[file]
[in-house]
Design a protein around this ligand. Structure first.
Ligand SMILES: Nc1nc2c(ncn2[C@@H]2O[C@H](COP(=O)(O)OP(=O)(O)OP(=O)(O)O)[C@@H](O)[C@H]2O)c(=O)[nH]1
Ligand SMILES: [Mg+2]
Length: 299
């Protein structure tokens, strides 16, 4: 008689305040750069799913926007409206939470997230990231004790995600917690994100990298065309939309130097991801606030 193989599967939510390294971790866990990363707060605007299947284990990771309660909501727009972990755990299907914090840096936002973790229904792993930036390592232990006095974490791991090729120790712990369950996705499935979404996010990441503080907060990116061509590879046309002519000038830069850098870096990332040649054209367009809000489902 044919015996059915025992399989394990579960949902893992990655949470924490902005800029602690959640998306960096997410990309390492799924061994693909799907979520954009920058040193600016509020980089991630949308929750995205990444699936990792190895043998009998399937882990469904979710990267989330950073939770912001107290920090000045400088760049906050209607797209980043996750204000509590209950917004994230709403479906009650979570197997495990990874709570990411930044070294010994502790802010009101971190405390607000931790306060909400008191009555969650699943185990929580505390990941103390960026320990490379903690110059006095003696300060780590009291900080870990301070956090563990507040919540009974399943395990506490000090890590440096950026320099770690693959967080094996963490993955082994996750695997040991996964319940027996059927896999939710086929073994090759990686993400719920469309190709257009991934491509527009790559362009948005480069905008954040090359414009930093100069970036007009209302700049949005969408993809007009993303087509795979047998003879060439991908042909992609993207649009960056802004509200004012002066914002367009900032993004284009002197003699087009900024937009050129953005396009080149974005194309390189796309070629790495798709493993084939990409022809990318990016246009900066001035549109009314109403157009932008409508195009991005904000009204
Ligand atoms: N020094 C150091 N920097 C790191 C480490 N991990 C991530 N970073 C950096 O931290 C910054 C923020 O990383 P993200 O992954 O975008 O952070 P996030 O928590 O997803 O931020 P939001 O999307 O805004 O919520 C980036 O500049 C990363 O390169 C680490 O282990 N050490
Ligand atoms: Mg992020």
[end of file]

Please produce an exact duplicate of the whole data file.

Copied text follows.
[in-house]
Design a protein around this ligand. Structure first.
Ligand SMILES: Nc1nc2c(ncn2[C@@H]2O[C@H](COP(=O)(O)OP(=O)(O)OP(=O)(O)O)[C@@H](O)[C@H]2O)c(=O)[nH]1
Ligand SMILES: [Mg+2]
Length: 299
């Protein structure tokens, strides 16, 4: 008689305040750069799913926007409206939470997230990231004790995600917690994100990298065309939309130097991801606030 193989599967939510390294971790866990990363707060605007299947284990990771309660909501727009972990755990299907914090840096936002973790229904792993930036390592232990006095974490791991090729120790712990369950996705499935979404996010990441503080907060990116061509590879046309002519000038830069850098870096990332040649054209367009809000489902 044919015996059915025992399989394990579960949902893992990655949470924490902005800029602690959640998306960096997410990309390492799924061994693909799907979520954009920058040193600016509020980089991630949308929750995205990444699936990792190895043998009998399937882990469904979710990267989330950073939770912001107290920090000045400088760049906050209607797209980043996750204000509590209950917004994230709403479906009650979570197997495990990874709570990411930044070294010994502790802010009101971190405390607000931790306060909400008191009555969650699943185990929580505390990941103390960026320990490379903690110059006095003696300060780590009291900080870990301070956090563990507040919540009974399943395990506490000090890590440096950026320099770690693959967080094996963490993955082994996750695997040991996964319940027996059927896999939710086929073994090759990686993400719920469309190709257009991934491509527009790559362009948005480069905008954040090359414009930093100069970036007009209302700049949005969408993809007009993303087509795979047998003879060439991908042909992609993207649009960056802004509200004012002066914002367009900032993004284009002197003699087009900024937009050129953005396009080149974005194309390189796309070629790495798709493993084939990409022809990318990016246009900066001035549109009314109403157009932008409508195009991005904000009204
Ligand atoms: N020094 C150091 N920097 C790191 C480490 N991990 C991530 N970073 C950096 O931290 C910054 C923020 O990383 P993200 O992954 O975008 O952070 P996030 O928590 O997803 O931020 P939001 O999307 O805004 O919520 C980036 O500049 C990363 O390169 C680490 O282990 N050490
Ligand atoms: Mg992020």